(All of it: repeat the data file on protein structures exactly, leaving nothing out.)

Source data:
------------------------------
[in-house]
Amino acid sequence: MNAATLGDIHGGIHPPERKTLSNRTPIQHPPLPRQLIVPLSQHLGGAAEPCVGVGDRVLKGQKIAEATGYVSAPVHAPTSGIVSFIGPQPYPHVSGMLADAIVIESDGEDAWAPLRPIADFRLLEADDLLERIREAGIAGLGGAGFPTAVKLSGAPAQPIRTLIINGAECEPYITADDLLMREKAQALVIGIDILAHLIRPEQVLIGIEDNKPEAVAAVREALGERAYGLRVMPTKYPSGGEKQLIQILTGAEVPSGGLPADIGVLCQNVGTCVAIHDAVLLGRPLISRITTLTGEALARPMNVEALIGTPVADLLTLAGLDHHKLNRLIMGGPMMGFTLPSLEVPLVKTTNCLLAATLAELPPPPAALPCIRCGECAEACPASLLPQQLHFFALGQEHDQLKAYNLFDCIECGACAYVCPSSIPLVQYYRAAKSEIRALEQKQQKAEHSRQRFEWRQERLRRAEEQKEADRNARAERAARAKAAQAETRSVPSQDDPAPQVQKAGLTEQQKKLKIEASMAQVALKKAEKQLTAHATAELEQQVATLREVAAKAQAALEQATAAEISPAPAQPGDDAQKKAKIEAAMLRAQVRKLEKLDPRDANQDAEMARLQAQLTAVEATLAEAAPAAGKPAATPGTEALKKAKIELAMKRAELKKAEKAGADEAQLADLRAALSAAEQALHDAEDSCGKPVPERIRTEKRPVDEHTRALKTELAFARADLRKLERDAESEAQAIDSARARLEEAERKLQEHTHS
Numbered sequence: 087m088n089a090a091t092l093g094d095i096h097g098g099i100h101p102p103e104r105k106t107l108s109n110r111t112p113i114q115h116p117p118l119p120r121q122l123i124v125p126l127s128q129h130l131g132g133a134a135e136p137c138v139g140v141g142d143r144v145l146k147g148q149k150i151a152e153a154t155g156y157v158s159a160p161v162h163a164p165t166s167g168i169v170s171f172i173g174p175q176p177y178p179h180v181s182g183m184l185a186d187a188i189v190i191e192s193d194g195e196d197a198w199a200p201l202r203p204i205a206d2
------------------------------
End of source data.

[in-house]
Amino acid sequence: MNAATLGDIHGGIHPPERKTLSNRTPIQHPPLPRQLIVPLSQHLGGAAEPCVGVGDRVLKGQKIAEATGYVSAPVHAPTSGIVSFIGPQPYPHVSGMLADAIVIESDGEDAWAPLRPIADFRLLEADDLLERIREAGIAGLGGAGFPTAVKLSGAPAQPIRTLIINGAECEPYITADDLLMREKAQALVIGIDILAHLIRPEQVLIGIEDNKPEAVAAVREALGERAYGLRVMPTKYPSGGEKQLIQILTGAEVPSGGLPADIGVLCQNVGTCVAIHDAVLLGRPLISRITTLTGEALARPMNVEALIGTPVADLLTLAGLDHHKLNRLIMGGPMMGFTLPSLEVPLVKTTNCLLAATLAELPPPPAALPCIRCGECAEACPASLLPQQLHFFALGQEHDQLKAYNLFDCIECGACAYVCPSSIPLVQYYRAAKSEIRALEQKQQKAEHSRQRFEWRQERLRRAEEQKEADRNARAERAARAKAAQAETRSVPSQDDPAPQVQKAGLTEQQKKLKIEASMAQVALKKAEKQLTAHATAELEQQVATLREVAAKAQAALEQATAAEISPAPAQPGDDAQKKAKIEAAMLRAQVRKLEKLDPRDANQDAEMARLQAQLTAVEATLAEAAPAAGKPAATPGTEALKKAKIELAMKRAELKKAEKAGADEAQLADLRAALSAAEQALHDAEDSCGKPVPERIRTEKRPVDEHTRALKTELAFARADLRKLERDAESEAQAIDSARARLEEAERKLQEHTHS
Numbered sequence: 087m088n089a090a091t092l093g094d095i096h097g098g099i100h101p102p103e104r105k106t107l108s109n110r111t112p113i114q115h116p117p118l119p120r121q122l123i124v125p126l127s128q129h130l131g132g133a134a135e136p137c138v139g140v141g142d143r144v145l146k147g148q149k150i151a152e153a154t155g156y157v158s159a160p161v162h163a164p165t166s167g168i169v170s171f172i173g174p175q176p177y178p179h180v181s182g183m184l185a186d187a188i189v190i191e192s193d194g195e196d197a198w199a200p201l202r203p204i205a206d2